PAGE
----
Ms. Morrison's notes show that, during the counseling sessions, Ms. Morrison instructed plaintiff on deep breathing techniques, processing her feelings, and journaling and encouraged her to participate more in household chores and make social plans with her partner outside of the house. (Tr. 385, 387-90). By October and November 2013, plaintiff showed improvement in her eye contact and affect, reported improvement in her mood, and reported having hope about her future. (Tr. 387-89). By April 2014, plaintiff reported going to a store and appeared to feel better, viewing her outing as successful although she didn't stay at the store long. (Tr. 391). In May 2014, plaintiff attended a street celebration and went to a bar and restaurant, and relayed that she was proud of herself that she was able to socialize in public although she did not enjoy it. (Tr. 392).

         Ms. Morrison filled out a mental residual functional capacity questionnaire (“MRFC”) on May 20, 2014, after eight sessions. (Tr. 366-71). She diagnosed plaintiff with major depression, panic disorder with agoraphobia, and PTSD. Id. While Ms. Morrison noted that plaintiff had taken some small steps in getting better, she observed that plaintiff appeared to regress at times when anxiety worsened and observed generally that plaintiff still appeared overwhelmed with daily anxiety and mood disturbance. Id.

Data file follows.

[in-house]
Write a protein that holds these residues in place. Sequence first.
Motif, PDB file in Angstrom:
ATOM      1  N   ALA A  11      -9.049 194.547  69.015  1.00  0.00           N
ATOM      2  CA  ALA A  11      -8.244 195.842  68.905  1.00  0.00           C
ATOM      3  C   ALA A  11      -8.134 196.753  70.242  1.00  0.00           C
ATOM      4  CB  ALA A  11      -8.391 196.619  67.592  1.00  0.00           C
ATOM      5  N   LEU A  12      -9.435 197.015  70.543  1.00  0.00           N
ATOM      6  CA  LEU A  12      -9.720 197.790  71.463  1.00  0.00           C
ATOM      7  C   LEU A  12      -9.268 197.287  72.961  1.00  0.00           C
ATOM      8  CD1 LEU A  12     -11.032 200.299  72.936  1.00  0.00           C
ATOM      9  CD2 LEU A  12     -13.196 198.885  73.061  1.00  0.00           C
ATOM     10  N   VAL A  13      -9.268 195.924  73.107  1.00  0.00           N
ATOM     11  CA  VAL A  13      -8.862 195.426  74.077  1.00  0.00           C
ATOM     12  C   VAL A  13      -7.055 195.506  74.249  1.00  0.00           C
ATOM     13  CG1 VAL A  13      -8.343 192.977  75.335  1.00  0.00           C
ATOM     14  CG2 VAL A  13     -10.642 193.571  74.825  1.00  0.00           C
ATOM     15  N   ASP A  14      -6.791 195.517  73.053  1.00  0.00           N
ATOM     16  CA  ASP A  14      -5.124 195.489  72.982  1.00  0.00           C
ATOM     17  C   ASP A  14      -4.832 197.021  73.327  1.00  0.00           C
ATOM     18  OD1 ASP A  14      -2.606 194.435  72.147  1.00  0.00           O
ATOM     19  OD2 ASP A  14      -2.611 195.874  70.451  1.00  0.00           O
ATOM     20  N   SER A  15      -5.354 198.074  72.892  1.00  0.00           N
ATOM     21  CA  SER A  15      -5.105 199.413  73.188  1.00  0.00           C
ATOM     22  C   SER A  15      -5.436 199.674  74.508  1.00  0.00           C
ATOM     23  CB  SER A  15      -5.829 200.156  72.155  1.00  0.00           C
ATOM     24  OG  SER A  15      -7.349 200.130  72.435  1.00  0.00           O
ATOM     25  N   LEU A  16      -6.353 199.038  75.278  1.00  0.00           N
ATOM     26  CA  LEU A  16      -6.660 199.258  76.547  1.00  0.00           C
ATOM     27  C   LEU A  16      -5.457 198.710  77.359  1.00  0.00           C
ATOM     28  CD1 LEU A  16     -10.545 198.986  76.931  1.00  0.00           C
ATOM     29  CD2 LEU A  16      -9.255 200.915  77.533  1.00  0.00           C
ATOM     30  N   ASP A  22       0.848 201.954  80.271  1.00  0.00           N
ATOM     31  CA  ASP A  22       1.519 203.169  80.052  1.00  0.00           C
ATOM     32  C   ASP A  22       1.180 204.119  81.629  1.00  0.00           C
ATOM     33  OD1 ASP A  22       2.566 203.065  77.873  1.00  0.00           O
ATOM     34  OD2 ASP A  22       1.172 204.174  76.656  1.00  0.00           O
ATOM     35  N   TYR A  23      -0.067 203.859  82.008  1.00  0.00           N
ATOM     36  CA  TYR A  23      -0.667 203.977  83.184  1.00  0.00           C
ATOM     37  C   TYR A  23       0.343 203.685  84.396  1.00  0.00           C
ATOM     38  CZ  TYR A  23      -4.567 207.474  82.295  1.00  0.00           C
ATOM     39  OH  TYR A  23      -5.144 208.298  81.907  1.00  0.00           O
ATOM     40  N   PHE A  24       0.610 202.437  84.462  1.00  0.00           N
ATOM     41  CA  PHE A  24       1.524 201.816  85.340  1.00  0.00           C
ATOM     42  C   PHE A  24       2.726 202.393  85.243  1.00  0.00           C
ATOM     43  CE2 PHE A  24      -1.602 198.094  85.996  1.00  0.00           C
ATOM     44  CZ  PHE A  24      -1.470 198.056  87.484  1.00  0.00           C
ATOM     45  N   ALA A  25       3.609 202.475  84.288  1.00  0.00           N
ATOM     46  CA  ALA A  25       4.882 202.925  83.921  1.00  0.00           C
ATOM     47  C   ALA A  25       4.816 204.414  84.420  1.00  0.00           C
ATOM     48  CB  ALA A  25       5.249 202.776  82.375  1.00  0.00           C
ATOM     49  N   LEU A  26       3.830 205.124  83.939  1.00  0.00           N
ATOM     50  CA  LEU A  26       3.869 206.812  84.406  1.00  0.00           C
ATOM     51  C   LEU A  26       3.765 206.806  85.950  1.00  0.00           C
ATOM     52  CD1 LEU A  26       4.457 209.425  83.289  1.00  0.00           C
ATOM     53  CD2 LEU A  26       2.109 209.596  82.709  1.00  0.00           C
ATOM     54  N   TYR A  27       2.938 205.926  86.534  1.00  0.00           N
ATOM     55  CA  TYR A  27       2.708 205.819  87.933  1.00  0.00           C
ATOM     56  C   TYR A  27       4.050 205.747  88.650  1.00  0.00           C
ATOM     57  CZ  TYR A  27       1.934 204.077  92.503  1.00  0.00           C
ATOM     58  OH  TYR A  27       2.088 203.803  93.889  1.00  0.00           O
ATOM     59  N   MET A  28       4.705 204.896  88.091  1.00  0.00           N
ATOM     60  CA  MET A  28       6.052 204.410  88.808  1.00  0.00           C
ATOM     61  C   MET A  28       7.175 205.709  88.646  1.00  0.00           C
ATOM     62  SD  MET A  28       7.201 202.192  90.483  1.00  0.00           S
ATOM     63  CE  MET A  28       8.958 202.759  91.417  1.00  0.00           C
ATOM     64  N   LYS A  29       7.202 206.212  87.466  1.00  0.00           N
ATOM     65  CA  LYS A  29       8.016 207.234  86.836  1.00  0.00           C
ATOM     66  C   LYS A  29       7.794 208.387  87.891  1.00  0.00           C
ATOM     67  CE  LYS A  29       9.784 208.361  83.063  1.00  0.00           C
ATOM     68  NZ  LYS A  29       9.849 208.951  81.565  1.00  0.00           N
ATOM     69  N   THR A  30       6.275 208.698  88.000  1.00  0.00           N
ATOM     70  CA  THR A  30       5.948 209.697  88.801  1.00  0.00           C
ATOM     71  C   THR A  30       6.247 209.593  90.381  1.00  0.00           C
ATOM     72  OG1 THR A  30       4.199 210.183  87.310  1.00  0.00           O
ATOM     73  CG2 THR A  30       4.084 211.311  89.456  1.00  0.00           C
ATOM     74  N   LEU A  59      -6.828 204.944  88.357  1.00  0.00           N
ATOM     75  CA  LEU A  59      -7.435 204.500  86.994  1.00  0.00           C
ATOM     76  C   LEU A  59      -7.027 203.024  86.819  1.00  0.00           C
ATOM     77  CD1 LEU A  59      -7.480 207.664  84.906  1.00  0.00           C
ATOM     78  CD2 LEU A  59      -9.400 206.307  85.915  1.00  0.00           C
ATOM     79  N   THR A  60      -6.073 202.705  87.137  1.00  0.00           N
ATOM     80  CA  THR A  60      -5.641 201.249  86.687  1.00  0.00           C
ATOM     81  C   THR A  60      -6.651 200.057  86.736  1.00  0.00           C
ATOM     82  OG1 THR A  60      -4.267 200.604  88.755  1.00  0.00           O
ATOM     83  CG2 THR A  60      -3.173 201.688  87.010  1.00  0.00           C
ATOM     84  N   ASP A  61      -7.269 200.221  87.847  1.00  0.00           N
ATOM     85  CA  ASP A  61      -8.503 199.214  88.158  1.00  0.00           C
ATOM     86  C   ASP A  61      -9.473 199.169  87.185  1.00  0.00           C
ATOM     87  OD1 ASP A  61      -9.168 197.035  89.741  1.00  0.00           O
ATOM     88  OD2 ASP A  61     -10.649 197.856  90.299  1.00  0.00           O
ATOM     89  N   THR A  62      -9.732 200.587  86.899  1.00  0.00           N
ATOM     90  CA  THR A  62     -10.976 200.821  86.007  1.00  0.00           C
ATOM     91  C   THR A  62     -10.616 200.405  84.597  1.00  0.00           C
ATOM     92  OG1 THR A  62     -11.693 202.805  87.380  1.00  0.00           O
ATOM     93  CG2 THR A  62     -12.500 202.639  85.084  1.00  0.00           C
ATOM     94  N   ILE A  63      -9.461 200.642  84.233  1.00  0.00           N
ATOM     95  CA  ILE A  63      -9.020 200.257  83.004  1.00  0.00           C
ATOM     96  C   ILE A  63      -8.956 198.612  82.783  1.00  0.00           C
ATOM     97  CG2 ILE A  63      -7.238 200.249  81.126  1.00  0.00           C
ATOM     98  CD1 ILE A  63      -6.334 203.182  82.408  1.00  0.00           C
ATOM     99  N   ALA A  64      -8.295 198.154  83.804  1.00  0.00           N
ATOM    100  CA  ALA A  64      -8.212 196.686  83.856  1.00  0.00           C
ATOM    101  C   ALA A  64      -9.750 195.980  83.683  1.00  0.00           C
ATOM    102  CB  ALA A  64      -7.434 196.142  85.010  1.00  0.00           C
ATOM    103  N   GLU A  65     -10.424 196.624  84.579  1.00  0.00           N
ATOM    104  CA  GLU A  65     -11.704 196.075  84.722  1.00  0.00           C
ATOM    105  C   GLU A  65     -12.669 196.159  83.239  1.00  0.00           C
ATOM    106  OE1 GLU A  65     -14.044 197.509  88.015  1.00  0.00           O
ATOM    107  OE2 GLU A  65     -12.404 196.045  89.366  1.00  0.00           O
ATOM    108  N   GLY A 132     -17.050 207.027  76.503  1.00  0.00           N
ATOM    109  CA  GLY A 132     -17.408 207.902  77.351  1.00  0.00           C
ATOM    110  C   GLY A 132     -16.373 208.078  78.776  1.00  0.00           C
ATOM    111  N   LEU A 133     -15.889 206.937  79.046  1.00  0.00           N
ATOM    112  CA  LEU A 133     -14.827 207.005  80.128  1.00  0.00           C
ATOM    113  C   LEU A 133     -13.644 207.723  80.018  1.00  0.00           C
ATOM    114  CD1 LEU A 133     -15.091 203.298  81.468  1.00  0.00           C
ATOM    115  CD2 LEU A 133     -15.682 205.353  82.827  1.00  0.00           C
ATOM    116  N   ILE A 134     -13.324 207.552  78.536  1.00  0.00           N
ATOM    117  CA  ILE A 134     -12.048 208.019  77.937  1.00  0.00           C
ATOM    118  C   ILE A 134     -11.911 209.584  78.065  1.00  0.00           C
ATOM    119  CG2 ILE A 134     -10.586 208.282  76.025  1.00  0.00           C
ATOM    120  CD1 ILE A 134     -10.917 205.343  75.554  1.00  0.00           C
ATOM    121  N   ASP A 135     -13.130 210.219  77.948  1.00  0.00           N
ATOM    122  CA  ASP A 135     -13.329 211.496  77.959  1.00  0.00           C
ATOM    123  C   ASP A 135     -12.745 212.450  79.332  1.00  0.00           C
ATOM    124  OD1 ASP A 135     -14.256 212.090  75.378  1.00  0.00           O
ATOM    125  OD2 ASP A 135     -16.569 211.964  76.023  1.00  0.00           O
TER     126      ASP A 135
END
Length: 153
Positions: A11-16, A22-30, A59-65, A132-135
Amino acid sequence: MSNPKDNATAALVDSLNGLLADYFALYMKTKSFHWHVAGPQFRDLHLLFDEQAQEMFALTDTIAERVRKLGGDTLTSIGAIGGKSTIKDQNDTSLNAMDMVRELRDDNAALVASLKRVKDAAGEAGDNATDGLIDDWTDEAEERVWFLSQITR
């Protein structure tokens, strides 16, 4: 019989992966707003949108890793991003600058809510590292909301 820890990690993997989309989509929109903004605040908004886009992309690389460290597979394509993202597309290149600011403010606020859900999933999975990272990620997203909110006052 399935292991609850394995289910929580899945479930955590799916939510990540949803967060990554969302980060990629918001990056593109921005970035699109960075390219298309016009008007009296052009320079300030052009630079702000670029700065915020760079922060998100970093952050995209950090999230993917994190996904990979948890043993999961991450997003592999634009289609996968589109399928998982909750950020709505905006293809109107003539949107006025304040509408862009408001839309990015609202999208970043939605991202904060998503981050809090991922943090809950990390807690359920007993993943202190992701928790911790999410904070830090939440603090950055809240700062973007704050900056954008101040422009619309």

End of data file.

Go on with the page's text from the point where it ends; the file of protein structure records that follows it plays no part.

Approximately one month later, on June 14, 2014, psychologist Marva Robinson performed a consultative examination and noted that plaintiff appeared appropriately dressed and groomed. (Tr. 398-403). Plaintiff displayed average intelligence and normal insight, judgment, speech, thought process, and concentration. (Tr. 398-99). (Tr. 26, 394-403). Dr. Robinson noted that plaintiff was cooperative; she had unremarkable motor activity; she maintained fair eye contact; she sat appropriately in her chair and gave coherent, spontaneous reports; and her memory was intact. Id. Dr. Robinson opined that plaintiff could understand, remember, and carry out instructions. (Tr. 401). Dr. Robinson opined that plaintiff had no limitations in interacting with supervisors, but was moderately limited in interacting with ...